New Regional Task Force to Target Embodied Carbon Added to Pacific Coast Collaborative
Washington State Governor Jay Inslee, along with George Heyman, Minister of Environment and Climate Change Strategy, Province of British Columbia, and Wade Crowfoot, Secretary of Natural Resources, State of California, announced at COP26 in Glasgow the formation of a new regional task force to reduce embodied carbon in construction materials.
This makes the Pacific Coast Collaborative, which includes California, Oregon, Washington, the Province of British Columbia, and the cities of Vancouver, Seattle, Portland, San Francisco, Oakland, and Los Angeles, the largest region or country in the world to clearly signal to the market growing demand for low-carbon materials, which will help accelerate innovation and investment and grow new economic opportunity.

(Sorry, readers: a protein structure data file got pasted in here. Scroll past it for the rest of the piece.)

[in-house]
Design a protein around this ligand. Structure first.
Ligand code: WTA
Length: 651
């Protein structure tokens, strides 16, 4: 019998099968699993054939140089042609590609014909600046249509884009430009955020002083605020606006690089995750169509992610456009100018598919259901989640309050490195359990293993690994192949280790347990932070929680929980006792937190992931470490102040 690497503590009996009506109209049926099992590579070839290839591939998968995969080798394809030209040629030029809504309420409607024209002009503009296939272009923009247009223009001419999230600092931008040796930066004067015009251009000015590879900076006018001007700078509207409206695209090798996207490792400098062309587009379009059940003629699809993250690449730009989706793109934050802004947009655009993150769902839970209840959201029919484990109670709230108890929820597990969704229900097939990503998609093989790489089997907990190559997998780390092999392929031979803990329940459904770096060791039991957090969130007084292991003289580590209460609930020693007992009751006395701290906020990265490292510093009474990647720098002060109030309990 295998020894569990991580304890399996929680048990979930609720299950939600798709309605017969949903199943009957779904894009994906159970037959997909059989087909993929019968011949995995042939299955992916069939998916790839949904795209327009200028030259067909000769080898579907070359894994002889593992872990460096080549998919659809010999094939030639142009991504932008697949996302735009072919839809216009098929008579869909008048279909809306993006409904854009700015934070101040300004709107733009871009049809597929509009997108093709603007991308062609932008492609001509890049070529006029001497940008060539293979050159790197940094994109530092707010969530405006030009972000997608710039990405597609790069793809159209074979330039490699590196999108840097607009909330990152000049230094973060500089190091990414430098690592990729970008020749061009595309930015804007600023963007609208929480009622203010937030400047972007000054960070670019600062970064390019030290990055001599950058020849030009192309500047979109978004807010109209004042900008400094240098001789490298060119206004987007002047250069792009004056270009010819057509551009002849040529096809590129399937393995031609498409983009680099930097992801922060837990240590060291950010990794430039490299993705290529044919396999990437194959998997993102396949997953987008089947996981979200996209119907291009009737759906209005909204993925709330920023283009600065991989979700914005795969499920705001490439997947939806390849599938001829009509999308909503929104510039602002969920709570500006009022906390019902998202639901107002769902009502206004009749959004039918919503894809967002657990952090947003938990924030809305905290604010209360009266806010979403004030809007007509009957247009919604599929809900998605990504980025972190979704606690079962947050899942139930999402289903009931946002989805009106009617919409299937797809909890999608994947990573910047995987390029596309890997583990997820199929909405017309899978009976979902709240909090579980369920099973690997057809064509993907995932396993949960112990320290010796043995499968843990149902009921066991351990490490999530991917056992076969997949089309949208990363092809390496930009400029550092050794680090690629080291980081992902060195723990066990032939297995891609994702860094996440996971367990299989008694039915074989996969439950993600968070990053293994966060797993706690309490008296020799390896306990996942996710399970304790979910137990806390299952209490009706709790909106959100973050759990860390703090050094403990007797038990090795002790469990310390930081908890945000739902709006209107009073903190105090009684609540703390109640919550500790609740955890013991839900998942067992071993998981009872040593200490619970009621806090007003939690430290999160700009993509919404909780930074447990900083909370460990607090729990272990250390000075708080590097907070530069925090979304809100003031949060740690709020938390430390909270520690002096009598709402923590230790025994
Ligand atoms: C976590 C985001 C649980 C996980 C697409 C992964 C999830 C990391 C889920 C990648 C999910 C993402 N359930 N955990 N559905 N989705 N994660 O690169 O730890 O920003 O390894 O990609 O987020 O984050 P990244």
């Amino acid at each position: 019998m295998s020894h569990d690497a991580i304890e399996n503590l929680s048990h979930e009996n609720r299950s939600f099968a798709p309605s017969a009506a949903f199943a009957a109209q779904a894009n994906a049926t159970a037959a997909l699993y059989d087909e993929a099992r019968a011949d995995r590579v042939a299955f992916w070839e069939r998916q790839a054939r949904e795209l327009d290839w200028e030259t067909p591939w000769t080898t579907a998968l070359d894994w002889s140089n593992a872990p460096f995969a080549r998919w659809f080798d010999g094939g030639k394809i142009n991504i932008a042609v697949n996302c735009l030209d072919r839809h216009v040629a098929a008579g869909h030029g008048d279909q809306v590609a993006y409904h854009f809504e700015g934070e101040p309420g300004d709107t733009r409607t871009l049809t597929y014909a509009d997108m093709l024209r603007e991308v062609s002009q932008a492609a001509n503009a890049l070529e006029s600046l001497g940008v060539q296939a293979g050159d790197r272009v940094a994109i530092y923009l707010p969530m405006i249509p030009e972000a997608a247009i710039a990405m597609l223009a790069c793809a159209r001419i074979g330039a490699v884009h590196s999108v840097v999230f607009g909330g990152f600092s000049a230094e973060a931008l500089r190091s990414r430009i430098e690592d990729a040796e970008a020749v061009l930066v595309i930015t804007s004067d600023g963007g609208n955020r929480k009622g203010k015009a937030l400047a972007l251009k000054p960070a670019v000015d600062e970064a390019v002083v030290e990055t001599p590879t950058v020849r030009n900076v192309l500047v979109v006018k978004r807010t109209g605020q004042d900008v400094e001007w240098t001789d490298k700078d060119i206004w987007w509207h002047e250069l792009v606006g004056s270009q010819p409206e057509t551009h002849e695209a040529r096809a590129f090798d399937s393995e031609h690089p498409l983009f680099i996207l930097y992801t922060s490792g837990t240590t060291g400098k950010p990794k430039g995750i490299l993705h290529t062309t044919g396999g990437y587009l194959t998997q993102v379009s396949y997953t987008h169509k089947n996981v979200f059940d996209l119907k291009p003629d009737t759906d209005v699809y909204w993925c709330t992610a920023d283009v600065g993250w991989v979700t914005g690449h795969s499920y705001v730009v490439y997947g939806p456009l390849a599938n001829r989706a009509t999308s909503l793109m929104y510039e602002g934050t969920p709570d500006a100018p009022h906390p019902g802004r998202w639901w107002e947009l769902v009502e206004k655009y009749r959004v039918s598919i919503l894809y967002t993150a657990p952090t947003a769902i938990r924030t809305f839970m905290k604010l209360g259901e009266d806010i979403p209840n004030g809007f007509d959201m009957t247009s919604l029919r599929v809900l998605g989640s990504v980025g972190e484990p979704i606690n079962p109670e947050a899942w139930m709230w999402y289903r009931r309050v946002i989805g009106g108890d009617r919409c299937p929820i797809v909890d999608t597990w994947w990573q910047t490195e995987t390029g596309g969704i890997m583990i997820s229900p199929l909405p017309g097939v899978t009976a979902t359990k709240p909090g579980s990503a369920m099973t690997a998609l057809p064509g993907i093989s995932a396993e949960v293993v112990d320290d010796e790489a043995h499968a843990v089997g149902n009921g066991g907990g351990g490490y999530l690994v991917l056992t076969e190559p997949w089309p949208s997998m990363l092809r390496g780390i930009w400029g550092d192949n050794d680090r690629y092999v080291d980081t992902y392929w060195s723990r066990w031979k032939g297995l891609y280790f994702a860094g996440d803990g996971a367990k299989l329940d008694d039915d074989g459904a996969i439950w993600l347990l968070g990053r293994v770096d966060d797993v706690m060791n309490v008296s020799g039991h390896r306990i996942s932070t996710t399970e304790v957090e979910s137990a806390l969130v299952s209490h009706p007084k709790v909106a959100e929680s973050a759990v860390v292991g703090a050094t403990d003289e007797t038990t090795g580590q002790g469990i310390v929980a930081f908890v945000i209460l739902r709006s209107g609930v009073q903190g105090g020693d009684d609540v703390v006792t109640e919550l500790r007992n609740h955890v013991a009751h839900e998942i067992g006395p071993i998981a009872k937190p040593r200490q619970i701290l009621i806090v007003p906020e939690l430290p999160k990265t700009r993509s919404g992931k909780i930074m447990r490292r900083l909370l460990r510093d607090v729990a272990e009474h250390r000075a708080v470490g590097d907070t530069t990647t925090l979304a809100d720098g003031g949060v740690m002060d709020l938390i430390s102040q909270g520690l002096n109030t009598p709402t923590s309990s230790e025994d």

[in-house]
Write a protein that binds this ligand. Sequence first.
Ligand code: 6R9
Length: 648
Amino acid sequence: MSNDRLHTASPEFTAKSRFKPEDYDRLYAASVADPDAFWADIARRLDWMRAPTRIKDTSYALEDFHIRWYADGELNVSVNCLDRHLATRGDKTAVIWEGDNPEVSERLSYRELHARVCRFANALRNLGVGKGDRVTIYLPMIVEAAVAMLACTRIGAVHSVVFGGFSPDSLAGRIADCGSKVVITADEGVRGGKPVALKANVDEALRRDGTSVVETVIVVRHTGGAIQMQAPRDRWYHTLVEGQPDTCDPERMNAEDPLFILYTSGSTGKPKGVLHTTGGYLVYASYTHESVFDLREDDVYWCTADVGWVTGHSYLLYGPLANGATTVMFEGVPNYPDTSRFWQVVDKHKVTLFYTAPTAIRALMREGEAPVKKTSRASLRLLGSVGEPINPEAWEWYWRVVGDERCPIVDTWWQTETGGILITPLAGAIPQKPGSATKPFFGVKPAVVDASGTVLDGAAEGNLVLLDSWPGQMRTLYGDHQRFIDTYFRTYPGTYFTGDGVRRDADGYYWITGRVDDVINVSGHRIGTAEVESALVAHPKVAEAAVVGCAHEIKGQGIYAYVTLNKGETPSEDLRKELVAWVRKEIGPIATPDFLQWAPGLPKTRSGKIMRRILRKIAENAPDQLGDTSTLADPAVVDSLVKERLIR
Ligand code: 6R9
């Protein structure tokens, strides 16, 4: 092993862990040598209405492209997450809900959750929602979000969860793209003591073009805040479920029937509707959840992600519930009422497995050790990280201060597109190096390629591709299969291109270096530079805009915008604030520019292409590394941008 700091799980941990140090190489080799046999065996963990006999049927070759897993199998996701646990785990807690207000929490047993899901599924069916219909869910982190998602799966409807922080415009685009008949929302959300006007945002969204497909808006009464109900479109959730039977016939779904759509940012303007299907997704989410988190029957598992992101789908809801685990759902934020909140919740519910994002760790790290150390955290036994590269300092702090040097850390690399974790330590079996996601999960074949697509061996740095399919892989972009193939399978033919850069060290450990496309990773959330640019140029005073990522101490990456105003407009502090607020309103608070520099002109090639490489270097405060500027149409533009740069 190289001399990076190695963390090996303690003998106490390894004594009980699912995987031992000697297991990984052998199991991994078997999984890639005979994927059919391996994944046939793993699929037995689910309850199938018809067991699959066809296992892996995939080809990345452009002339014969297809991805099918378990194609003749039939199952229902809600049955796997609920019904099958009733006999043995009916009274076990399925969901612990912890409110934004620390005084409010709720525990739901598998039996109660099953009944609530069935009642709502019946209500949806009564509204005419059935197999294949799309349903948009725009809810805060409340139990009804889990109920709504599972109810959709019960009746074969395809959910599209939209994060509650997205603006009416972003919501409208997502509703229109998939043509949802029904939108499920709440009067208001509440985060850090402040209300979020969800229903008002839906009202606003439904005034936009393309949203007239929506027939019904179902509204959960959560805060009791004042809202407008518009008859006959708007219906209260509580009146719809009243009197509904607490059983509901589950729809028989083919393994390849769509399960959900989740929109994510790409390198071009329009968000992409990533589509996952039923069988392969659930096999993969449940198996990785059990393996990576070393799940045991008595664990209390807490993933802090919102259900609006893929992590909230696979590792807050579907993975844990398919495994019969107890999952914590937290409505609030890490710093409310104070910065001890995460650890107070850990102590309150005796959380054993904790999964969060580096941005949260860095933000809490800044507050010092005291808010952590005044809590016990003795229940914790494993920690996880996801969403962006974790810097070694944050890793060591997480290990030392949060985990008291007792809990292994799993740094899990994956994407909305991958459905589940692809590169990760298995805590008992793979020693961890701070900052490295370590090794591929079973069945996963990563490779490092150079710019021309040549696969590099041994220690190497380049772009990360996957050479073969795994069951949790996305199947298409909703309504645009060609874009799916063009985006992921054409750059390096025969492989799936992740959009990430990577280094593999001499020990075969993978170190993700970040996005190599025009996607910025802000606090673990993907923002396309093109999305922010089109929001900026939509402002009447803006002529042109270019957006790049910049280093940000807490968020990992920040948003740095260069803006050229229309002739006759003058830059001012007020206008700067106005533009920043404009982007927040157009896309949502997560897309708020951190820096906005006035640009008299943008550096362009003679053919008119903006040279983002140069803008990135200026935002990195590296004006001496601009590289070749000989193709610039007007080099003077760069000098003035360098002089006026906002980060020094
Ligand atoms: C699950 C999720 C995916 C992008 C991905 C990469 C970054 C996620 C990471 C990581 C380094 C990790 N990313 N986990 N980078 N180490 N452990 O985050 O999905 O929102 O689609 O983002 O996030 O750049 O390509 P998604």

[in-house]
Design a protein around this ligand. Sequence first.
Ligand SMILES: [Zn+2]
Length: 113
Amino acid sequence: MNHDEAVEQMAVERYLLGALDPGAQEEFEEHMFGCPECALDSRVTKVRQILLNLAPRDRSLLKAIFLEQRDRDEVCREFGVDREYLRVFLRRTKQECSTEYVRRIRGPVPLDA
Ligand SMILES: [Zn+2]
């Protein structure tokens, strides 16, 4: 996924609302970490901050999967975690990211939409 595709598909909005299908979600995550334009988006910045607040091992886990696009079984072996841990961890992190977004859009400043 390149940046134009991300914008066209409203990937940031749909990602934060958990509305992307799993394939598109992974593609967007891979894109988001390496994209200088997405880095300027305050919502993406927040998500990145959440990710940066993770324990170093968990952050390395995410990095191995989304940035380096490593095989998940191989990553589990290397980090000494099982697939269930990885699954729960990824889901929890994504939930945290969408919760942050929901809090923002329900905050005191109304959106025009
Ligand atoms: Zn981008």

After the announcement, the BlueGreen Alliance released the following statement from Washington State Policy Coordinator Jessica Koski:
“Just three materials—concrete, steel, and aluminum—account for nearly one-quarter of the global carbon footprint, and most of this is used in the built environment. The Pacific Coast Collaborative’s leadership and commitment to accelerating the production and use of low-carbon building materials is a critical step in guaranteeing that, as a region, we stay on a path of net-zero emissions by 2050 and do our part to limit global warming to 1.5°C.
In order to ensure our state leads this important work, the BlueGreen Alliance looks forward to engaging with the Governor’s office to advance these policies here at home. Washington is well-positioned to meet the growing demand for low-carbon materials and create a new generation of high-road manufacturing careers.
Governor Inslee’s welcomed announcement is a hopeful sign to continue the momentum for moving the Buy Clean and Buy Fair Washington Act in Olympia this legislative session. These critical safeguards will promote transparency around public spending and move toward leveraging state spending to cut embodied carbon while promoting high-labor standards in manufacturing.”